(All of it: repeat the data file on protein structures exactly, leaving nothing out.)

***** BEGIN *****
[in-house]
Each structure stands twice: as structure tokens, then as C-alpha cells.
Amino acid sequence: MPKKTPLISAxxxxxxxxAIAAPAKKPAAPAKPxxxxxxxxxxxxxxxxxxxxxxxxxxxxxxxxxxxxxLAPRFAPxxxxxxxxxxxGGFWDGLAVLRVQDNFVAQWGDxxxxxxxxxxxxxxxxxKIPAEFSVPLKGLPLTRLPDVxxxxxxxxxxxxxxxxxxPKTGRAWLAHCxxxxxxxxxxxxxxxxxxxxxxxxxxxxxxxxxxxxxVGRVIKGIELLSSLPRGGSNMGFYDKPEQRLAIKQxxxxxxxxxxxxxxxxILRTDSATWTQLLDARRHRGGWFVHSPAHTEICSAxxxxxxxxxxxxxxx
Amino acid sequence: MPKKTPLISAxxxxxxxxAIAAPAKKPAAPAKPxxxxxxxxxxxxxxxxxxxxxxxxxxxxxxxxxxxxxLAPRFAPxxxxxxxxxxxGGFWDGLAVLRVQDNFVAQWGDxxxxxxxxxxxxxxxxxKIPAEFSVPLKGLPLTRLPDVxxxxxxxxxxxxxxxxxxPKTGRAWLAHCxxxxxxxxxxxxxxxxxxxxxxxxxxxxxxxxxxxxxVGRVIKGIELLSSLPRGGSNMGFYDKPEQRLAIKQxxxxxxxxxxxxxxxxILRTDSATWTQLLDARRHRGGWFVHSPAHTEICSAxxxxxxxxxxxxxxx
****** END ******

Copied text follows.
[in-house]
Each structure stands twice: as structure tokens, then as C-alpha cells.
Amino acid sequence: MPKKTPLISAxxxxxxxxAIAAPAKKPAAPAKPxxxxxxxxxxxxxxxxxxxxxxxxxxxxxxxxxxxxxLAPRFAPxxxxxxxxxxxGGFWDGLAVLRVQDNFVAQWGDxxxxxxxxxxxxxxxxxKIPAEFSVPLKGLPLTRLPDVxxxxxxxxxxxxxxxxxxPKTGRAWLAHCxxxxxxxxxxxxxxxxxxxxxxxxxxxxxxxxxxxxxVGRVIKGIELLSSLPRGGSNMGFYDKPEQRLAIKQxxxxxxxxxxxxxxxxILRTDSATWTQLLDARRHRGGWFVHSPAHTEICSAxxxxxxxxxxxxxxx
Amino acid sequence: MPKKTPLISAxxxxxxxxAIAAPAKKPAAPAKPxxxxxxxxxxxxxxxxxxxxxxxxxxxxxxxxxxxxxLAPRFAPxxxxxxxxxxxGGFWDGLAVLRVQDNFVAQWGDxxxxxxxxxxxxxxxxxKIPAEFSVPLKGLPLTRLPDVxxxxxxxxxxxxxxxxxxPKTGRAWLAHCxxxxxxxxxxxxxxxxxxxxxxxxxxxxxxxxxxxxxVGRVIKGIELLSSLPRGGSNMGFYDKPEQRLAIKQxxxxxxxxxxxxxxxxILRTDSATWTQLLDARRHRGGWFVHSPAHTEICSAxxxxxxxxxxxxxxx